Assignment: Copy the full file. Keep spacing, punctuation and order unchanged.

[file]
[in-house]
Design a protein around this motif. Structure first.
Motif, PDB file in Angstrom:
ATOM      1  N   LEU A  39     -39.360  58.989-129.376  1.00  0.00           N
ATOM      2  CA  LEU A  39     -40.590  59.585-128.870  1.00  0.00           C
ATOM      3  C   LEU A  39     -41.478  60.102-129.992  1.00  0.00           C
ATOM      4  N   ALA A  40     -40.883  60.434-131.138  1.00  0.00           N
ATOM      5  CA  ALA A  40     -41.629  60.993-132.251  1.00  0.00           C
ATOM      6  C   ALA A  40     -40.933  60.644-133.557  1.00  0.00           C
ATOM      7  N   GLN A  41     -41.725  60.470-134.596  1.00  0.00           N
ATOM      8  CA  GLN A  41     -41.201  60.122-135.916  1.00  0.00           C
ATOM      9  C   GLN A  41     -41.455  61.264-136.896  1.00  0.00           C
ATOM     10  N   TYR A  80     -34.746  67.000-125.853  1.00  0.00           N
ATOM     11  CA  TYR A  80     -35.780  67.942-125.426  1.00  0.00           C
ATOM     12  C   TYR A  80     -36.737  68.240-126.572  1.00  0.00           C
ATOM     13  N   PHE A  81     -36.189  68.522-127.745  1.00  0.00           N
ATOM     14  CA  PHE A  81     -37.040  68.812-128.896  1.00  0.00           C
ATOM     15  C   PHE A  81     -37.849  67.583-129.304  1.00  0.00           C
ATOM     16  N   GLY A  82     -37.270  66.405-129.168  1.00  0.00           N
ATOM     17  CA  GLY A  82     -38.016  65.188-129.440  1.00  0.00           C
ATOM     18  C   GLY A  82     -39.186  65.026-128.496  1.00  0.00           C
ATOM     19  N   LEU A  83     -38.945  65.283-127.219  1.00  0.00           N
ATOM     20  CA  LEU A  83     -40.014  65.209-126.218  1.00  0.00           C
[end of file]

[in-house]
Design a protein around this motif. Structure first.
Motif, PDB file in Angstrom:
ATOM      1  N   LEU A  39     -39.360  58.989-129.376  1.00  0.00           N
ATOM      2  CA  LEU A  39     -40.590  59.585-128.870  1.00  0.00           C
ATOM      3  C   LEU A  39     -41.478  60.102-129.992  1.00  0.00           C
ATOM      4  N   ALA A  40     -40.883  60.434-131.138  1.00  0.00           N
ATOM      5  CA  ALA A  40     -41.629  60.993-132.251  1.00  0.00           C
ATOM      6  C   ALA A  40     -40.933  60.644-133.557  1.00  0.00           C
ATOM      7  N   GLN A  41     -41.725  60.470-134.596  1.00  0.00           N
ATOM      8  CA  GLN A  41     -41.201  60.122-135.916  1.00  0.00           C
ATOM      9  C   GLN A  41     -41.455  61.264-136.896  1.00  0.00           C
ATOM     10  N   TYR A  80     -34.746  67.000-125.853  1.00  0.00           N
ATOM     11  CA  TYR A  80     -35.780  67.942-125.426  1.00  0.00           C
ATOM     12  C   TYR A  80     -36.737  68.240-126.572  1.00  0.00           C
ATOM     13  N   PHE A  81     -36.189  68.522-127.745  1.00  0.00           N
ATOM     14  CA  PHE A  81     -37.040  68.812-128.896  1.00  0.00           C
ATOM     15  C   PHE A  81     -37.849  67.583-129.304  1.00  0.00           C
ATOM     16  N   GLY A  82     -37.270  66.405-129.168  1.00  0.00           N
ATOM     17  CA  GLY A  82     -38.016  65.188-129.440  1.00  0.00           C
ATOM     18  C   GLY A  82     -39.186  65.026-128.496  1.00  0.00           C
ATOM     19  N   LEU A  83     -38.945  65.283-127.219  1.00  0.00           N
ATOM     20  CA  LEU A  83     -40.014  65.209-126.218  1.00  0.00           C